"I thought Will was to Grace like Laverne was to Shirley..."
Nope. Wrong will. Wrong grace.
I've heard any number of people in meetings share their confusion in sorting out will... usually it's about something like "their will" vs. "God's will."
Over the years I've certainly gone a few rounds on this question myself.
But the Big Book -- my north star, my road map for living sober -- makes it simple and clear for me:
"...It is easy to let up on the spiritual program of action and rest on our laurels. We are headed for trouble if we do, for alcohol is a subtle foe. We are not cured of alcoholism. What we really have is a daily reprieve contingent on the maintenance of our spiritual condition. Every day is a day when we must carry the vision of God’s will into all of our activities. “How can I best serve Thee-Thy will (not mine) be done.” These are thoughts which must go with us constantly. We can exercise our will power along this line all we wish. It is the proper use of the will..." (Big Book, Chapter Six, 'Into Action,' pg. 85)
Grace is the unearned gift of relief from my alcoholism -- and ultimately my self obsession -- via a power greater than myself. The proper use of my will, when applied to God's grace, is to harness it -- all of it: my intuition, my thoughts, my experience, my emotion -- and use the gift of my sobriety and this way of life to be of service to others.
Not just in meetings. In every area of my life.
To bring to the world not the sick, spoiled child I can still sometimes be (oh God), nor the drunk (thank God), nor the dry drunk (please God)... but to bring to the world the sober man -- sobriety for me today being about so much more than physical sobriety.
(Certainly, it all starts there. All else is pointless without physical sobriety. But I aspire to live these principles beyond just putting down the drink -- the irony of course being that living these principles is what helps me not pick up the drink. It may look like a lofty aspiration -- and in one regard, maybe it is -- but it is also how a drunk maintains equilibrium and creates ballast against the pull of self-obsessive thinking -- which is so often at the root of how we justify drinking again.)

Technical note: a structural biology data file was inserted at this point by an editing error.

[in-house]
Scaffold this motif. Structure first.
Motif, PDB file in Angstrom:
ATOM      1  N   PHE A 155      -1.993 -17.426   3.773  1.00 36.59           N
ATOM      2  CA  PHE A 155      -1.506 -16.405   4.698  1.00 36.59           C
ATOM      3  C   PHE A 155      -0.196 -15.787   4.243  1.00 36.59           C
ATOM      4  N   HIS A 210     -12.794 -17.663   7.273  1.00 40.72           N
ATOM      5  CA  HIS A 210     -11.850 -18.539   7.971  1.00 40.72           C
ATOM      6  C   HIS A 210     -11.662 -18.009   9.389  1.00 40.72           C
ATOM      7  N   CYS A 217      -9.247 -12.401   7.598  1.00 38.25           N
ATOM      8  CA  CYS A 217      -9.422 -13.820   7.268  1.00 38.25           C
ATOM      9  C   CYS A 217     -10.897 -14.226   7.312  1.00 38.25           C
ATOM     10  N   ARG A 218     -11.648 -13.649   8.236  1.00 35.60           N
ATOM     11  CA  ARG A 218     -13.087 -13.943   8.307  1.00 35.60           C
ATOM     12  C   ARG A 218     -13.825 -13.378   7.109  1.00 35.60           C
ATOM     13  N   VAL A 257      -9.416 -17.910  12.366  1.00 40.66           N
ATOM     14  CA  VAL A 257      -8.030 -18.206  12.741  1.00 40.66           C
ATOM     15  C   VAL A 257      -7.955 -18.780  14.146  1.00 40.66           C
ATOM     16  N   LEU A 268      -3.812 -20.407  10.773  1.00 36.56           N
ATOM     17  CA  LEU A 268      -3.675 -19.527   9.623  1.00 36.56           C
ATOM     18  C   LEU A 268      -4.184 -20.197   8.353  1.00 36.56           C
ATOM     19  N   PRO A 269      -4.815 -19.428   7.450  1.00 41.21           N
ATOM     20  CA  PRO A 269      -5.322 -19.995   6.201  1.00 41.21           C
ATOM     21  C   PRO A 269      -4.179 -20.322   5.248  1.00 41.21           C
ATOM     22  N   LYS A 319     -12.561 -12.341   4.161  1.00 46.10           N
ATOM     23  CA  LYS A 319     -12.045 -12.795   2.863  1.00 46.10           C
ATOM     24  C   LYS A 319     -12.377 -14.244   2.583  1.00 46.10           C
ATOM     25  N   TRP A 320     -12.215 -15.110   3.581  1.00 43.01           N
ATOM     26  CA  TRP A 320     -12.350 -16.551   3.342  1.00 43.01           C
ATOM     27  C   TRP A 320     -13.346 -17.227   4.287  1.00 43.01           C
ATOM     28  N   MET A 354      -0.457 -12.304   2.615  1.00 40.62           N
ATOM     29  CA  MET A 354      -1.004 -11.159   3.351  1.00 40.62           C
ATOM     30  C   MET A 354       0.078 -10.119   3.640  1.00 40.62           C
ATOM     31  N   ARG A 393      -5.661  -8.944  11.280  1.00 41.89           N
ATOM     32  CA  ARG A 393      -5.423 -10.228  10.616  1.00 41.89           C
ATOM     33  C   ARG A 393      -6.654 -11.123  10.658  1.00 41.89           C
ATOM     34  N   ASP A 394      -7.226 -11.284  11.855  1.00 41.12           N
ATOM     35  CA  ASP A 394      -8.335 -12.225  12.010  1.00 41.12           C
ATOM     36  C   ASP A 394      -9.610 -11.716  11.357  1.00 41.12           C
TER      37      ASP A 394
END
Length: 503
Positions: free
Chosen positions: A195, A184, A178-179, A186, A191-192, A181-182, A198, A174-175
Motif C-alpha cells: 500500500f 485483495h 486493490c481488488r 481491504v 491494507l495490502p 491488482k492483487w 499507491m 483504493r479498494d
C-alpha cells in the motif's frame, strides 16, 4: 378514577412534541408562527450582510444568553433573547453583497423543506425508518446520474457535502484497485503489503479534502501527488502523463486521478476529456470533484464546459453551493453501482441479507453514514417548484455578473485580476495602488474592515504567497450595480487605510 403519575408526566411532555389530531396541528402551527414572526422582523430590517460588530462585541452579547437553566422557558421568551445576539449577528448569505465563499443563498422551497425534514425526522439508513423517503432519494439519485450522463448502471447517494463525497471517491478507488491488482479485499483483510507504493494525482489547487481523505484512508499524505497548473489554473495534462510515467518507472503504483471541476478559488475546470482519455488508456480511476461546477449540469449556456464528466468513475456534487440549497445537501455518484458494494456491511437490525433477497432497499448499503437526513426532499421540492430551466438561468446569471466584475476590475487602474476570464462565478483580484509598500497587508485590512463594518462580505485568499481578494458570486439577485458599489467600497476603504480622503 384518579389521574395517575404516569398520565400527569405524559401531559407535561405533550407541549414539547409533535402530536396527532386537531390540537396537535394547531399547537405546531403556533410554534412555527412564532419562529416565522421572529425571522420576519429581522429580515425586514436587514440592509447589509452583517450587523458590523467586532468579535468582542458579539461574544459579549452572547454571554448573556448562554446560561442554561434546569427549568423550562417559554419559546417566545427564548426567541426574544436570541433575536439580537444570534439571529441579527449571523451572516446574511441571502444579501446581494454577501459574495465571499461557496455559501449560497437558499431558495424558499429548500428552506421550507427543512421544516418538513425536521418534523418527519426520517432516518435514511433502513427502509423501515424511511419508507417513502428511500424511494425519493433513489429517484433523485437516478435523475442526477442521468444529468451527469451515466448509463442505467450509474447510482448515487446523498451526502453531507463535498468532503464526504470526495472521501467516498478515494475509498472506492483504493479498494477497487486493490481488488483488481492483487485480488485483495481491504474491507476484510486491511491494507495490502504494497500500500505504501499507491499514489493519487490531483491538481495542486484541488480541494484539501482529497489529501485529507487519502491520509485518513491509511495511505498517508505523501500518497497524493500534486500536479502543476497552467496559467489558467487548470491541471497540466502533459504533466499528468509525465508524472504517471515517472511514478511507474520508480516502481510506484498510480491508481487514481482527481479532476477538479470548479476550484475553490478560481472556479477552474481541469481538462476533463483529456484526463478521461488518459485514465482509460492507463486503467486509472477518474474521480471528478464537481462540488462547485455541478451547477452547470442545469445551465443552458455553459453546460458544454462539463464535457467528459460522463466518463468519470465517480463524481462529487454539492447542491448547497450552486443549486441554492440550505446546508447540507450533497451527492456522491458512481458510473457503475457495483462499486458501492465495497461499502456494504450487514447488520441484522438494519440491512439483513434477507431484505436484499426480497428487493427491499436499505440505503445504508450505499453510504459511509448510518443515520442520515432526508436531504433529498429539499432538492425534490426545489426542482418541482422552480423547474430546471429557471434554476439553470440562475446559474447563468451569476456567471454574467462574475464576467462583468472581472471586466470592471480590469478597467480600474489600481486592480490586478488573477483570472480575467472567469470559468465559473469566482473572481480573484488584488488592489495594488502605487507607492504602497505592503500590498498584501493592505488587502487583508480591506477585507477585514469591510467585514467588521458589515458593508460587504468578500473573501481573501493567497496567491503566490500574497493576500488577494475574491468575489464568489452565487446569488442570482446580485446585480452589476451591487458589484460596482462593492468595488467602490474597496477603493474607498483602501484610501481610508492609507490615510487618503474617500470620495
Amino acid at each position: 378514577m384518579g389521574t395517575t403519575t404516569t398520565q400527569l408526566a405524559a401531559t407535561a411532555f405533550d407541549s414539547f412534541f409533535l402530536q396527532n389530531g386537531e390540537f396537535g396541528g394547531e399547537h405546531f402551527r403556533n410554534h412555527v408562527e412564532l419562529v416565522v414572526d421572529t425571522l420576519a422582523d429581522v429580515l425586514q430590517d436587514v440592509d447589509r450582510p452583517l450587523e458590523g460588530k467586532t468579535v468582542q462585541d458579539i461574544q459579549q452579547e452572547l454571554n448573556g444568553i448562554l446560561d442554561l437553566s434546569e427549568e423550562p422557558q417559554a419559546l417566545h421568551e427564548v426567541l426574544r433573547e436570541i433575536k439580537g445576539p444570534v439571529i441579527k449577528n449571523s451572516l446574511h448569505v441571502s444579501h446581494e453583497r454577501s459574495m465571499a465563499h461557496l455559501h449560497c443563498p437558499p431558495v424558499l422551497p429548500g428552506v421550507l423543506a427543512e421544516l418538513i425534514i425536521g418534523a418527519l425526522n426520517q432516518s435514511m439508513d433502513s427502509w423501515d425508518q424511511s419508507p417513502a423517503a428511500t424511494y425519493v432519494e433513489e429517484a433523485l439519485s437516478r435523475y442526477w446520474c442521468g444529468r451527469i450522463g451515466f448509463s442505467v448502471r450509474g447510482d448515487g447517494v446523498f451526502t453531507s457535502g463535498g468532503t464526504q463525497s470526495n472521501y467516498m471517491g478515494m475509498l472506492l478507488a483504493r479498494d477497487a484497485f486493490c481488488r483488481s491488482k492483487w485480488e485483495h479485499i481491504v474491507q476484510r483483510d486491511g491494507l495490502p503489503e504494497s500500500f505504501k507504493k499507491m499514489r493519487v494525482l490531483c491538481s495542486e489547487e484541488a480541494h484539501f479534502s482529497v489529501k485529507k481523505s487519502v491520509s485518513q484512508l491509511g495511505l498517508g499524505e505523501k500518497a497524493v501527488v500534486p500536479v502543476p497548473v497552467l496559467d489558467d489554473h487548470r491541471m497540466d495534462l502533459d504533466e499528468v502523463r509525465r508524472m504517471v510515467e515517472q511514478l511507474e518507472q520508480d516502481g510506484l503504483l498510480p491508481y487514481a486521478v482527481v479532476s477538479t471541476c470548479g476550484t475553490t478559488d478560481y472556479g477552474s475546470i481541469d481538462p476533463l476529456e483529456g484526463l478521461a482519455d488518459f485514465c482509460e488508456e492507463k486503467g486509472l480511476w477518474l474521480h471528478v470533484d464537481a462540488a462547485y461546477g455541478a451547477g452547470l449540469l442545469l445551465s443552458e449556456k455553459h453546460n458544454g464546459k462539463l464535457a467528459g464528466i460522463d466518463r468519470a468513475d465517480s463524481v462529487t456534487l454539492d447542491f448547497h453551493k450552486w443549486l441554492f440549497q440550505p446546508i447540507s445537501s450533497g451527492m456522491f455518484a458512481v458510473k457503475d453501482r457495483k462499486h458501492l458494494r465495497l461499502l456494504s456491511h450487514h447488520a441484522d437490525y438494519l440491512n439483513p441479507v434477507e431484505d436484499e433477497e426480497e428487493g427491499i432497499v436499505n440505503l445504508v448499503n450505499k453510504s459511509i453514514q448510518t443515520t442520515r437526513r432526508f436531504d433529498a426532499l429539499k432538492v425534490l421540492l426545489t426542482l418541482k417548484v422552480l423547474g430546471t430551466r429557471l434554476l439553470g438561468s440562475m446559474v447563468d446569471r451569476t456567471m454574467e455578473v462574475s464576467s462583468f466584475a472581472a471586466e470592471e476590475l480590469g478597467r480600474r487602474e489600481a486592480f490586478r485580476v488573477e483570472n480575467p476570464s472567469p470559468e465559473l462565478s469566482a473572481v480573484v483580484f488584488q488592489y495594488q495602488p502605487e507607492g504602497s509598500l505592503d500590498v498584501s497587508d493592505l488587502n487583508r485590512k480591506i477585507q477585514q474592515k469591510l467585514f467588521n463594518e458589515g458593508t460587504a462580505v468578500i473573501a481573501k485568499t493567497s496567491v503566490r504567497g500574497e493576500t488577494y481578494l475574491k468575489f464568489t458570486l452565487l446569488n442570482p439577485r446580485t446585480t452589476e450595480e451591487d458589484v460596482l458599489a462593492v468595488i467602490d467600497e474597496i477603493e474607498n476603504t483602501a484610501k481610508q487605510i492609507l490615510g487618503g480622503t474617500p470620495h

Elsewhere it says, in reference to the 12 Steps, "...what an order! I can't go through with it!"
Trying to live these principles fully in my life I remember what the Big Book says right after that: "...Do not be discouraged. No one among us has been able to maintain anything like perfect adherence to these principles. We are not saints. The point is, that we are willing to grow along spiritual lines. The principles we have set down are guides to progress. We claim spiritual progress rather than spiritual perfection." (Big Book, Chapter Five, 'How It Works,' pg. 60)
Which translates for me into: 'Willing to grow along spiritual lines' means I will try to do things differently. I will try to do things the way AA suggests, instead of the old, fear-based ways in which I used to behave. Not "I will try to think differently." No. As has been said in many meetings -- and which blew my mind when I first heard it: I can't think my way into different (right) actions, I have to act my way into different (right) thinking.
When I do, I'm a lot less tortured.
In many ways the transformation I experience via divine grace (whatever that phrase means to you) gives me a new will. One through which I experience the real joy of being useful to others.
And as I have said before -- perhaps many times now -- and will likely say again:
This transformation is available for free, to anyone who wants it -- anyone willing -- via the 12 Steps.
Perhaps it's not the only way, but it is certainly the way that worked for me.